The United Nations supports Somalia

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The United Nations has been present in Somalia since the country gained its independence in 1960, undertaking activities that help alleviate poverty and suffering, stimulate development, contribute to consolidating peace and security, and reduce the effects of conflict on the Somali people.

The various UN mandates are currently implemented through 27 resident and non-resident agencies, funds and programmes, the United Nations Assistance Mission in Somalia and the United Nations Somalia Support Office.

On 1 January 2014, UN entities operating in the country were structurally merged and have since worked closely together within the UN Country Team and UNSOM, particularly in the areas of governance including constitutional review, elections, rule of law, policing, justice and corrections. Security, gender equality, human rights, defense of internally displaced persons in the main regions of southern and central Somalia, and the issue of demobilized fighters.

Although Somalia has made significant progress in recent years, the United Nations recognizes that further progress in peace consolidation and state-building in Somalia depends on our collective ability to act on humanitarian, development and peace-building agendas in a coordinated and comprehensive manner. If we do not address the multiple problems facing the country in all its aspects, the results we achieve collectively will remain fragile and reversible. In addition, the humanitarian situation remains precarious for a large portion of the population. Somalia faces major climate crises that occur slowly or rapidly in cycles lasting between two and five years and are mainly caused by floods, cyclones, etc., especially drought. The country’s ability to recover from climate shocks and man-made crises has been severely affected by the nearly two-decade armed conflict, the presence of violent extremist groups in the country and emerging state institutions.

The United Nations in Somalia recognizes that building the resilience of Somalis requires coordinated action by stakeholders across all sectors. This coordinated approach involves long-term development interventions to address the underlying causes of recurring humanitarian crises, both man-made and natural. The country will only be able to advance towards achieving the Sustainable Development Goals through the collective and coordinated efforts of various United Nations entities in cooperation with the Government and people of Somalia.

The United Nations contributes to achieving these goals through the United Nations Strategic Framework 2017-2020, which identifies and describes the collective commitment of United Nations entities to support the implementation of Somalia’s humanitarian, development, political and security priorities as set out in the Somalia National Development Plan 2017-2019 (NDP8). This is in line with Framework with the Sustainable Development Goals (see below for more information on the UN Strategic Framework).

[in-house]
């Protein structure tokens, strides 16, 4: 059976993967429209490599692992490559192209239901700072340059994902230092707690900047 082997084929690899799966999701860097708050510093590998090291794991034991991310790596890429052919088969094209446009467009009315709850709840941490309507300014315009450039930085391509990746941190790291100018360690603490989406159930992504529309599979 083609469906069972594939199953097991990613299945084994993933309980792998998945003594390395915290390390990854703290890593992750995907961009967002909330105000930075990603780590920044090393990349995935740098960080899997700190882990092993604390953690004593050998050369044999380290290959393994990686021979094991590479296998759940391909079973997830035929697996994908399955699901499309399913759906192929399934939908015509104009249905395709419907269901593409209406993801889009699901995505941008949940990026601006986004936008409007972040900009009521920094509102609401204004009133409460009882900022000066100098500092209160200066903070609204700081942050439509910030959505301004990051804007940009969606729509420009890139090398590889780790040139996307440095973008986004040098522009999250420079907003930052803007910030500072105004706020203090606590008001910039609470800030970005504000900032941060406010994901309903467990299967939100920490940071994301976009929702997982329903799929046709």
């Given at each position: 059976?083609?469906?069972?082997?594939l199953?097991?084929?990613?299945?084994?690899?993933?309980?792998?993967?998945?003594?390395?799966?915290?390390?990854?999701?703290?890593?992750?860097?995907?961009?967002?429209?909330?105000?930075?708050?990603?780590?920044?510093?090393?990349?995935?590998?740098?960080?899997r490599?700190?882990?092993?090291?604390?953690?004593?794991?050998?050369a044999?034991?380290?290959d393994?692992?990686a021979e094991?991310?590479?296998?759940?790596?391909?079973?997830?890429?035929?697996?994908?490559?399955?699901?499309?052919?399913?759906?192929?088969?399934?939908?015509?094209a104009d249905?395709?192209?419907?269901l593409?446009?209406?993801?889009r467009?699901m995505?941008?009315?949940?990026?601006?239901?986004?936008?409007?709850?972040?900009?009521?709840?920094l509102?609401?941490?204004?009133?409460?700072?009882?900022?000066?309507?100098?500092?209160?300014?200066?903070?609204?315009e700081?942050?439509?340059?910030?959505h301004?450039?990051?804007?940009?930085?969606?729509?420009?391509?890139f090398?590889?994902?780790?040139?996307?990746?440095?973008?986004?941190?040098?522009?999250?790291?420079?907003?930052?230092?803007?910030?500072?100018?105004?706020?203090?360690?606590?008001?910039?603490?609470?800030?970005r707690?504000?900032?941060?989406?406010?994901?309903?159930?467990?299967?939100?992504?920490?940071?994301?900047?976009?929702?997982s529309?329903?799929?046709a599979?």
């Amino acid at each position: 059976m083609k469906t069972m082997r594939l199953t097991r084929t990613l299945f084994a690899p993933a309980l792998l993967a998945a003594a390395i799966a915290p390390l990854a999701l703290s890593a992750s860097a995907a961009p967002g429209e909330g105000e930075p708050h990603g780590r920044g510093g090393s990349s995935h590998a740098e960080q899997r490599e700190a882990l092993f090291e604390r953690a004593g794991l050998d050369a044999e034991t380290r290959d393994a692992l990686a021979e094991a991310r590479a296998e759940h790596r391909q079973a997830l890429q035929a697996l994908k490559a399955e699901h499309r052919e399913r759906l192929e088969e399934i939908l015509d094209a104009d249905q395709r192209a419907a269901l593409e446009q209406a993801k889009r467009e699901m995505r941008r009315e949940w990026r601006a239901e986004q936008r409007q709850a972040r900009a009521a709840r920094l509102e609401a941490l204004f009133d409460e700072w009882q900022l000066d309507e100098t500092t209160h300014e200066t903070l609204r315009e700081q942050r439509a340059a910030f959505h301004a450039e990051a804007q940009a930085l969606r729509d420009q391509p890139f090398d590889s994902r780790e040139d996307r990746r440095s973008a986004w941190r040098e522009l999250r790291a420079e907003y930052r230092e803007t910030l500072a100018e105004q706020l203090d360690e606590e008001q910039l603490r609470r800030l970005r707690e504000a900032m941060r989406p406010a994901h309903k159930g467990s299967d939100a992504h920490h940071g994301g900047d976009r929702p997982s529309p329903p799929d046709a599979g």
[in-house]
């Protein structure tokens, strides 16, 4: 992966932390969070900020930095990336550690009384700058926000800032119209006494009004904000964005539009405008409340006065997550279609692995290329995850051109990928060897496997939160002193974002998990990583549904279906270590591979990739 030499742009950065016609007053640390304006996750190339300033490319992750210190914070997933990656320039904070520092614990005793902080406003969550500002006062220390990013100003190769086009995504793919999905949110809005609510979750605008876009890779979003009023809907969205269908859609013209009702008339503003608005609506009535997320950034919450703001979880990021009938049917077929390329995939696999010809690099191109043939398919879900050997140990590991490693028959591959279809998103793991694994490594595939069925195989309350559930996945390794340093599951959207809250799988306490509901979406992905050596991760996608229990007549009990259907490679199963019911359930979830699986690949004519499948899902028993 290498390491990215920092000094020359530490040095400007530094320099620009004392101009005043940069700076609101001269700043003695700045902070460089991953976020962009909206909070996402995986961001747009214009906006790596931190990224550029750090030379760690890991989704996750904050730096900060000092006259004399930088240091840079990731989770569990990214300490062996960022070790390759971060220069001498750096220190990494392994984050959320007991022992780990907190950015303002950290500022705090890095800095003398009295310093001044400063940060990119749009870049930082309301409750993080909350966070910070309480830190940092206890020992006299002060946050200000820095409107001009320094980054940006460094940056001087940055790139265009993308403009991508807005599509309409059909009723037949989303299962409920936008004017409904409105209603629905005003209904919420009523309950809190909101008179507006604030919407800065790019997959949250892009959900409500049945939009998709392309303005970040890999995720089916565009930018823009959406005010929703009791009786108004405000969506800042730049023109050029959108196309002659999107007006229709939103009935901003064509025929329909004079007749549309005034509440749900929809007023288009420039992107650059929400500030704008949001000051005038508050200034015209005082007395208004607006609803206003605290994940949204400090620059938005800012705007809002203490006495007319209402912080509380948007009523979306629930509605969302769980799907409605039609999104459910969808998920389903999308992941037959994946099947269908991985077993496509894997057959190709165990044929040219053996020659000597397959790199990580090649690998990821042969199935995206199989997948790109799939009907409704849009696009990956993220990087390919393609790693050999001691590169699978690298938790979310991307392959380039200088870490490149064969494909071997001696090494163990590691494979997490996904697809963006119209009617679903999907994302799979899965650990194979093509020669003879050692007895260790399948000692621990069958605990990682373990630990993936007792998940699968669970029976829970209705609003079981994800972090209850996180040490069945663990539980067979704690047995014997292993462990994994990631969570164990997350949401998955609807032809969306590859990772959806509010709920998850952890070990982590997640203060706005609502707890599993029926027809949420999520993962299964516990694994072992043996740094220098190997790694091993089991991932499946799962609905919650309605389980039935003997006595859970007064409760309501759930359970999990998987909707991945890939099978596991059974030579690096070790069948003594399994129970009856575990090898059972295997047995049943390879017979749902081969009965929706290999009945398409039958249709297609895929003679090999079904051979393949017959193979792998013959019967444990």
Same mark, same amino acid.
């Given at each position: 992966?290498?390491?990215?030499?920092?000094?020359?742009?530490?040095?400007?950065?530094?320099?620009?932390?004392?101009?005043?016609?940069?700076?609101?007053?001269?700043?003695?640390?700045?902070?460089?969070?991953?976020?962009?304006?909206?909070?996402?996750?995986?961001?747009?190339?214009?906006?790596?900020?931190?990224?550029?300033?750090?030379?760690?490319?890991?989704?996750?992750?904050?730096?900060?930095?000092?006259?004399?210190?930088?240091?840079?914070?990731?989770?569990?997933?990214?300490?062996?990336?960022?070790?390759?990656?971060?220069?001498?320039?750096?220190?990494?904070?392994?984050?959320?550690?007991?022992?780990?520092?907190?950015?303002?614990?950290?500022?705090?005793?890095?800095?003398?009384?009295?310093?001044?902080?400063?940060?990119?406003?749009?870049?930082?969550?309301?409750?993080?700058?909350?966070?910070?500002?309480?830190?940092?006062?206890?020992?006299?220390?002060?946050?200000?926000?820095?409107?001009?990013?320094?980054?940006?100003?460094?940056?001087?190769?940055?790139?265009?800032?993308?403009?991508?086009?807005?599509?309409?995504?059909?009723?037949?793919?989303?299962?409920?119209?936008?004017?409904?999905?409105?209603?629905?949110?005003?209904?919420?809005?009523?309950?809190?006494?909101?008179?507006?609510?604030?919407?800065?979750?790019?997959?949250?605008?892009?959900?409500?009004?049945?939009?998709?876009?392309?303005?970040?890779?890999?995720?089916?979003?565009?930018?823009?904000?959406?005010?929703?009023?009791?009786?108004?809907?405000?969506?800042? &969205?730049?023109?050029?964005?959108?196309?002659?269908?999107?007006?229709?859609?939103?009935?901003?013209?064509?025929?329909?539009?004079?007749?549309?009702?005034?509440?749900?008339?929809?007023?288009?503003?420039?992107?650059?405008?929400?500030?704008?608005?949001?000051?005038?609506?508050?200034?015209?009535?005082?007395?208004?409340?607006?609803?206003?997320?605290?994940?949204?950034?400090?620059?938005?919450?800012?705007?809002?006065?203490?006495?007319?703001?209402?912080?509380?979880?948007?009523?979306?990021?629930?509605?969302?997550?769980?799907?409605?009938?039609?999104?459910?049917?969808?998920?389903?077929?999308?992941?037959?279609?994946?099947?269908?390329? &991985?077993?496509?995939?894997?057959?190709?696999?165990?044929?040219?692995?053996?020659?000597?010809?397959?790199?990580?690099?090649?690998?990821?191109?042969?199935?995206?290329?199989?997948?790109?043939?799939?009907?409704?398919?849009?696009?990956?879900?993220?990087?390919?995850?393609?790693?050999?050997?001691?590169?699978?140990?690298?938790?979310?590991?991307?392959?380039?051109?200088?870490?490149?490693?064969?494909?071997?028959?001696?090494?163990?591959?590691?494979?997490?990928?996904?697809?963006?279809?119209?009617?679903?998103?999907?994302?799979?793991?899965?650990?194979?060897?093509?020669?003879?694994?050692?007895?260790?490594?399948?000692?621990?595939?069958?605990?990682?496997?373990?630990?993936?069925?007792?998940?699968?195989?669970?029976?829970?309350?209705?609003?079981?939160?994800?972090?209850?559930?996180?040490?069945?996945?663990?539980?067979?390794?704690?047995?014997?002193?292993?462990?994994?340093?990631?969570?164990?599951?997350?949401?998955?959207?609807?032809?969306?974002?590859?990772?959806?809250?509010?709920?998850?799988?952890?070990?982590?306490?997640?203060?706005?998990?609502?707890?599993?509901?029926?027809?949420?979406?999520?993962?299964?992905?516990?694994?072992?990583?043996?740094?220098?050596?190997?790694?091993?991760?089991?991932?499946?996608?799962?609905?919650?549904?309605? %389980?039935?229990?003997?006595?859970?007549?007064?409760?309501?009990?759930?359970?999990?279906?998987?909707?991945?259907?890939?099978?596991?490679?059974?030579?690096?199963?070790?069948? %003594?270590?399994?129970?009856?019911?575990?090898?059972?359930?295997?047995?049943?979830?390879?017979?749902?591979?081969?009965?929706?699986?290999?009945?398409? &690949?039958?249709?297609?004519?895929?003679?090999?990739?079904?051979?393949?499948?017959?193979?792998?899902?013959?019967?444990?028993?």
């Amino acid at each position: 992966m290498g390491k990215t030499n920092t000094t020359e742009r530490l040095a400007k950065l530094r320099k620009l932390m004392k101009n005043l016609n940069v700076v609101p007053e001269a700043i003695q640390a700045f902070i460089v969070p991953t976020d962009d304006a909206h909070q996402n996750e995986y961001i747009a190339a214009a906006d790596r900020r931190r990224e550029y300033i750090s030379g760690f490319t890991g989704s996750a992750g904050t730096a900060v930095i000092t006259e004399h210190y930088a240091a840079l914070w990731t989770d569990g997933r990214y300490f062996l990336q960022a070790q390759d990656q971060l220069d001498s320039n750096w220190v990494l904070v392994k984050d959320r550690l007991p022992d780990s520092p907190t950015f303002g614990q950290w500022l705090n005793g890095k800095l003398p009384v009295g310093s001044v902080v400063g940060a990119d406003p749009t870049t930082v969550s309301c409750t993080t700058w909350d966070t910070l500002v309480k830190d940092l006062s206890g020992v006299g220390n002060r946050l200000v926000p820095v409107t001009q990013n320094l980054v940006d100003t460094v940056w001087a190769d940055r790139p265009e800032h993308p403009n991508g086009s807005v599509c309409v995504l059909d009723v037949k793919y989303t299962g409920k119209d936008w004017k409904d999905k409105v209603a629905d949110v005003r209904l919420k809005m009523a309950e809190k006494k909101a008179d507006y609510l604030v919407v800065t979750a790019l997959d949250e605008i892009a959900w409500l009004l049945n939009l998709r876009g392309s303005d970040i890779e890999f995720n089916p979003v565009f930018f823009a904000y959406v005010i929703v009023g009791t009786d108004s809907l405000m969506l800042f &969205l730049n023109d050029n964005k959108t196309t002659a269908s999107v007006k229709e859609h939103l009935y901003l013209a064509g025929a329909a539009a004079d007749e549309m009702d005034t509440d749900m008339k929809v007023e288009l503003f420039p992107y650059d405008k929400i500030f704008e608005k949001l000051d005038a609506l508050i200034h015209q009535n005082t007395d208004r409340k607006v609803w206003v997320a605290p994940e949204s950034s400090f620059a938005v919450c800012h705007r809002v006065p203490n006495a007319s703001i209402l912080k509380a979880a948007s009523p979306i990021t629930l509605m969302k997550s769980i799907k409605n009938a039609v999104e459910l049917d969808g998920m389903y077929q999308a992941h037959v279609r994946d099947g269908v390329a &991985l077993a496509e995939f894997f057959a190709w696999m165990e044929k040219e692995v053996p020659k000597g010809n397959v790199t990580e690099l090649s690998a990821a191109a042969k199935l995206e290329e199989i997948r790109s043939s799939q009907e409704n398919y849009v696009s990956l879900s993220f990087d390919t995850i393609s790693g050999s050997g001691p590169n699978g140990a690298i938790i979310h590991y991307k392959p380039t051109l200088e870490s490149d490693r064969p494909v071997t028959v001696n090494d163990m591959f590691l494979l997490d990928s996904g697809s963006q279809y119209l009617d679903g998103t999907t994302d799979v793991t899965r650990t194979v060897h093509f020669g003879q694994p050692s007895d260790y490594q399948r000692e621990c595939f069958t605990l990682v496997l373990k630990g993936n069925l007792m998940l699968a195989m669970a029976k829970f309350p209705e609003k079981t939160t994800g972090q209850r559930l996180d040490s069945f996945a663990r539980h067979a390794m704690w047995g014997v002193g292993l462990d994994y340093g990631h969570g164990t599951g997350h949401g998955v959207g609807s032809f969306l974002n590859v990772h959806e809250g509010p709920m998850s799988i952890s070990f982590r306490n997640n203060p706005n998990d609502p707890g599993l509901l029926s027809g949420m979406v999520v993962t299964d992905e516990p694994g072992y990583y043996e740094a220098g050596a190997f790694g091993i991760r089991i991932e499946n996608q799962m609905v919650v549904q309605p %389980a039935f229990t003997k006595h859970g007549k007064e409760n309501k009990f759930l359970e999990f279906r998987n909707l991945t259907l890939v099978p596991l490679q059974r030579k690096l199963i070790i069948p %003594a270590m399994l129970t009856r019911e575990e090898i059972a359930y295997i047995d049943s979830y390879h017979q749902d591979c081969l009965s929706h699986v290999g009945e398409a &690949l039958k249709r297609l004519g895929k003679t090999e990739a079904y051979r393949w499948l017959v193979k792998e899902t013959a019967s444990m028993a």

Hinge stations

  1. The adoption of the Federal Government’s National Comprehensive Policy Roadmap generated momentum that pushed forward peace and state-building processes in Somalia.
  2. In the transition plan adopted in March 2018, the Federal Government and Federal Member States set out a vision for security in Somalia in order to align national efforts with international efforts with the aim of assuming responsibility for security in the country.
  3. In order to enhance the ability of state administrations to work effectively and efficiently, the United Nations has supported various government institutions to work in a more organized, structured and service-oriented manner.
  4. The United Nations supported the development of a government-led recovery and resilience framework to ensure that resources are used to meet urgent humanitarian needs while implementing development-oriented interventions that must be sustainable in order to provide long-term solutions.
  5. The United Nations has provided support to strengthen health governance and the capacity of the health system to prepare for and respond to epidemics and noncommunicable diseases, as well as issues of malnutrition and maternal and child health. The United Nations also contributed to developing the health sector and enhancing its capabilities.
  6. The United Nations has supported the development of policies and systems to address inequalities in education while contributing to the production of safe, high-quality and accessible learning environments for all.
  7. The United Nations has contributed to the formulation of policies aimed at improving access to safe drinking water in sufficient quantities while working to ensure water supplies for both emergency response and sustainable needs.
  8. The United Nations provided technical assistance to Somali public and private sector stakeholders to support the country in producing an enabling environment for developing initiatives in the productive sector, improving access to sustainable energy solutions, and creating employment and economic opportunities for all.
  9. The United Nations continued to work to increase production levels and profitability in the agriculture, livestock and fisheries sectors.